Track Winner's Gesture Is A Mark Of True Sportsmanship

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Often in prep sports, we witness acts of genuine good sportsmanship that remind us what athletic competition is all about.

Such was the case last week on the victory stand at the state championship track and field meet in Chandler.

Just seconds after being announced as the 3,200-meter gold medalist, Chino Valley's Jodie Denike reached down to runner-up Whitney Hardt and pulled her up to the first-place stand.

Somewhat reluctantly, Whitney moved to the top step alongside Denike.

Only minutes earlier, Whitney and Jodie were involved in a heated 3,200-meter race that both desperately wanted to win. The race finish was so close a photograph was need to separate first and second place.

In prep sports there can be only one gold-medal winner, but Jodie's unselfish act of pulling her year-long rival to the number-one perch makes her a winner in the game of life.

The words exchanged between Whitney and Jodie on the victory stand will remain private between the two. But we do know that Jodie offered to give the gold medal to Whitney.

Of course, Whitney refused, saying the medal belonged to the Chino Valley star.

Because the two have competed in so many close races throughout the cross country and track seasons, a tinge of bitterness could have existed.

But both left their competitiveness on the track where it belonged.

When they met head to head, the two battled like the gallant warriors they are. But when the competition was over, both departed the athletic arena with a mutual respect for one another.

Next season, prep sports fans won't have the privilege of seeing the two compete against one another.

As a senior, Jodie is bound for Northern Arizona University where she will continue her track and field career.

Only a freshman, Whitney has three more years of high school eligibility remaining.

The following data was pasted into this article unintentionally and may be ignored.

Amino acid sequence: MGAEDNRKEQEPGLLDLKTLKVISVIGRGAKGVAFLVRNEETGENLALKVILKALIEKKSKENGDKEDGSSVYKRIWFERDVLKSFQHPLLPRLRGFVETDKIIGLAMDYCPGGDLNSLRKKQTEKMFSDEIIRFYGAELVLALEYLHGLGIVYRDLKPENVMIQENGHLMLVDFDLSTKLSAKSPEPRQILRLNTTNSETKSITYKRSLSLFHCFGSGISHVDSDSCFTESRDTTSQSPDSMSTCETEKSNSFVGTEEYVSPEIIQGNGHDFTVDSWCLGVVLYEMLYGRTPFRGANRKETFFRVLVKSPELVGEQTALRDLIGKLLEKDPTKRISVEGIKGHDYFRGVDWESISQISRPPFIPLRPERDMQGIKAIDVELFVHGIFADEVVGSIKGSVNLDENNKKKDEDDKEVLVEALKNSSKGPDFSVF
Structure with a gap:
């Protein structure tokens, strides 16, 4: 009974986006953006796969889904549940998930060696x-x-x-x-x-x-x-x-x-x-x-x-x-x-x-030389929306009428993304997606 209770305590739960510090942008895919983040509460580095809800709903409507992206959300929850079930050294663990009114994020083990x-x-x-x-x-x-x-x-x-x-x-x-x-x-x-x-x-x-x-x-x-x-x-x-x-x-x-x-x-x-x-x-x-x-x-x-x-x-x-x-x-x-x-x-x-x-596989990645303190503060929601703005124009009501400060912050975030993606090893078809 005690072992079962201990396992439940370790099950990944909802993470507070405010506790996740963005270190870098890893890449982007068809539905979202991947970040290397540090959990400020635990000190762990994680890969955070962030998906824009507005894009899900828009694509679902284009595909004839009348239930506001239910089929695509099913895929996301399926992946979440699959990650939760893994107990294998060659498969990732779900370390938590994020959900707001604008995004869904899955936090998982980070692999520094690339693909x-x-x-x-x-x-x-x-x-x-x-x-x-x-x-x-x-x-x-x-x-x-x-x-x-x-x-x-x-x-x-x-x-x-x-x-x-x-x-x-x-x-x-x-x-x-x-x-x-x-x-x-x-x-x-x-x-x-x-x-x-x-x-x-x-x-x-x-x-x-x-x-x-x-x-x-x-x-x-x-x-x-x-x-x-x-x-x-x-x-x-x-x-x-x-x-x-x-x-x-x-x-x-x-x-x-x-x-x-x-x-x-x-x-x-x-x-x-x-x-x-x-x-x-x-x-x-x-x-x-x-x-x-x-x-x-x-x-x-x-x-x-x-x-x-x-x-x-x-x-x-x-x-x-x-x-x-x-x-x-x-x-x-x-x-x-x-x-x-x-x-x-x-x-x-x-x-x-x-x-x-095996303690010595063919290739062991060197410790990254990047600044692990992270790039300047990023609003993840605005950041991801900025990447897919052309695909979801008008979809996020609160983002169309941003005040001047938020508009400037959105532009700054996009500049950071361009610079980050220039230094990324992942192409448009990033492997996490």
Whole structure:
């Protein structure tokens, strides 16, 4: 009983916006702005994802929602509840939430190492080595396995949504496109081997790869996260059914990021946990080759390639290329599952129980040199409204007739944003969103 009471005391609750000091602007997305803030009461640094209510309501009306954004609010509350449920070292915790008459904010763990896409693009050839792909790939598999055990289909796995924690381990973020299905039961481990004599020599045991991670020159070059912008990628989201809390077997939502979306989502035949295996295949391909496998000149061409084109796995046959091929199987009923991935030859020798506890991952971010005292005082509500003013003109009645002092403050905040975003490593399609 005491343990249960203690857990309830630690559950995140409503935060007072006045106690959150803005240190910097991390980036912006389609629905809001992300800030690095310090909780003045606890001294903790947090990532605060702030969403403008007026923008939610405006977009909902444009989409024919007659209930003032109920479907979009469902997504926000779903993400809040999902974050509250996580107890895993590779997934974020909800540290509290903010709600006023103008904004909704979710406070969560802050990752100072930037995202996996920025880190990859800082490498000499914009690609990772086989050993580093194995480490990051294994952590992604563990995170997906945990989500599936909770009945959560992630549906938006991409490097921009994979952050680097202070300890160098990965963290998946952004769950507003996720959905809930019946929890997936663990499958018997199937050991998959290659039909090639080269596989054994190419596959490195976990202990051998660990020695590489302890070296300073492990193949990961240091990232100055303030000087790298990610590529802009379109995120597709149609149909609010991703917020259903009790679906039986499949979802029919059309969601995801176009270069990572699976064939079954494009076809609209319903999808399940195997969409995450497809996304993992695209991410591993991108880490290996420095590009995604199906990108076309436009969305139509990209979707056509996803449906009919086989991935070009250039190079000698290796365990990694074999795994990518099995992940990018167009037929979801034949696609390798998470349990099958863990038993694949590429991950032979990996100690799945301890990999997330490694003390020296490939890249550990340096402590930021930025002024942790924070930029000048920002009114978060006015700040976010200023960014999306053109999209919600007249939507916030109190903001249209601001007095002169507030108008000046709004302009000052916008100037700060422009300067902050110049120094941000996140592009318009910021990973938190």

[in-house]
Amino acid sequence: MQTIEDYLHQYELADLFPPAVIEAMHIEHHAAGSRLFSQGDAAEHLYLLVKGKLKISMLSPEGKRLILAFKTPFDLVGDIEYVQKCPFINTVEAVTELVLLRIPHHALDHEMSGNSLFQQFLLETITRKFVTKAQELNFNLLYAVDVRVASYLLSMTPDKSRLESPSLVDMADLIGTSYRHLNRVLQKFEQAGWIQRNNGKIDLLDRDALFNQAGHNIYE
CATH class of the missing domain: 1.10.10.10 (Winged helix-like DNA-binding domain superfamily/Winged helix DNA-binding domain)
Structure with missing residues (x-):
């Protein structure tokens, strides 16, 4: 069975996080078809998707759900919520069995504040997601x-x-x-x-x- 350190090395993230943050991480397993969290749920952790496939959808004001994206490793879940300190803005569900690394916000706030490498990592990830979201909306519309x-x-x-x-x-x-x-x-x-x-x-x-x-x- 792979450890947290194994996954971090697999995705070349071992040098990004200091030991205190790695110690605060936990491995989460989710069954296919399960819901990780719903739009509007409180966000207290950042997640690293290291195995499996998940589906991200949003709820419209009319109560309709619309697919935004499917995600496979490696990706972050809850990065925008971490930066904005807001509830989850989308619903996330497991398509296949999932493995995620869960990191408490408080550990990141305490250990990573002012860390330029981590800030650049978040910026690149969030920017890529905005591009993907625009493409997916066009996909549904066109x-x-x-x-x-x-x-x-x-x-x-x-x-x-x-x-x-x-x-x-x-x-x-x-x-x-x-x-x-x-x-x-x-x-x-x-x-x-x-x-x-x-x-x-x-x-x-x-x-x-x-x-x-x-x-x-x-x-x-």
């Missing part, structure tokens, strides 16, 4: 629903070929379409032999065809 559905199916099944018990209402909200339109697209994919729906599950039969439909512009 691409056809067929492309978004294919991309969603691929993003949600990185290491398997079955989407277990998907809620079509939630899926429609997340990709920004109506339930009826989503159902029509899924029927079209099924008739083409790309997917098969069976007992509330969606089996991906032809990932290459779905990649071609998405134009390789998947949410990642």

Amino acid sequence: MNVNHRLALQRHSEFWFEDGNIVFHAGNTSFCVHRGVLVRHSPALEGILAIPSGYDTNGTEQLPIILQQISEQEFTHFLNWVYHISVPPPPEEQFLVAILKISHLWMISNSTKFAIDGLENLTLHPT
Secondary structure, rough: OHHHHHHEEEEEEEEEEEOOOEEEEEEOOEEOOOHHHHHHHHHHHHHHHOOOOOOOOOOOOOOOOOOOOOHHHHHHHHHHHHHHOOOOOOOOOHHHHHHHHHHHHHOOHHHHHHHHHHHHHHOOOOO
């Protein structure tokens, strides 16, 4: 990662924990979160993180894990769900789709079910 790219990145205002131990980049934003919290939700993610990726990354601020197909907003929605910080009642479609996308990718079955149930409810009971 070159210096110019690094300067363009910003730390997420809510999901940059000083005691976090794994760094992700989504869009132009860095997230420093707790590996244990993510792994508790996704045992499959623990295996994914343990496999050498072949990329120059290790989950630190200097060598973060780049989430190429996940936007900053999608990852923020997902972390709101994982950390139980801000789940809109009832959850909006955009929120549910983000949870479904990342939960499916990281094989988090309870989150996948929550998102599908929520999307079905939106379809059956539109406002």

How did this happen?

Coaches and athletes are still shaking their collective noggins, wondering how state track and field officials could have made such a crucial mistake as allowing the girls 3,200-meter run to have ended after the seventh rather than eighth lap.

Former track coaches association president and PHS coach Dan Reid says mistakes like that shouldn't occur in crucial state showdowns.

No one knows why the final gun was shot one lap prematurely, but most speculate it was simply inattention on the part of officials. Coach Chuck Hardt vehemently protested the miscue, but the pleas fell on deaf ears.

In fact, some spectators say Hardt wasn't treated with the respect a dedicated high school coach of his stature is due.

Others in attendance said there were other instances in which the meet could have been conducted more professionally.

Because only seven laps were completed in the 3,200, no official times were recorded. Both Jodie Denike of Chino Valley and Whitney Hardt of Payson, the first- and second-place finishers were on target to possibly run 11-minute races, which would have earned them a spot among the nation's elite.

Another youngster adversely affected by the blunder was Monument Valley's Rebecca Wiseman. Expected to be a gold-medal threat in the event, Wiseman eventually finished third.

Onlookers say Wiseman never turned on her finishing kick because she obviously knew the runners were on the seventh rather than the final lap.

Because she is a senior, Wiseman's opportunities to win a state gold medal are at an end.

Sure, mistakes happen, but it's close to inexcusable when errors like the one that occurred in Chandler cost young athletes the chance to live their dreams.

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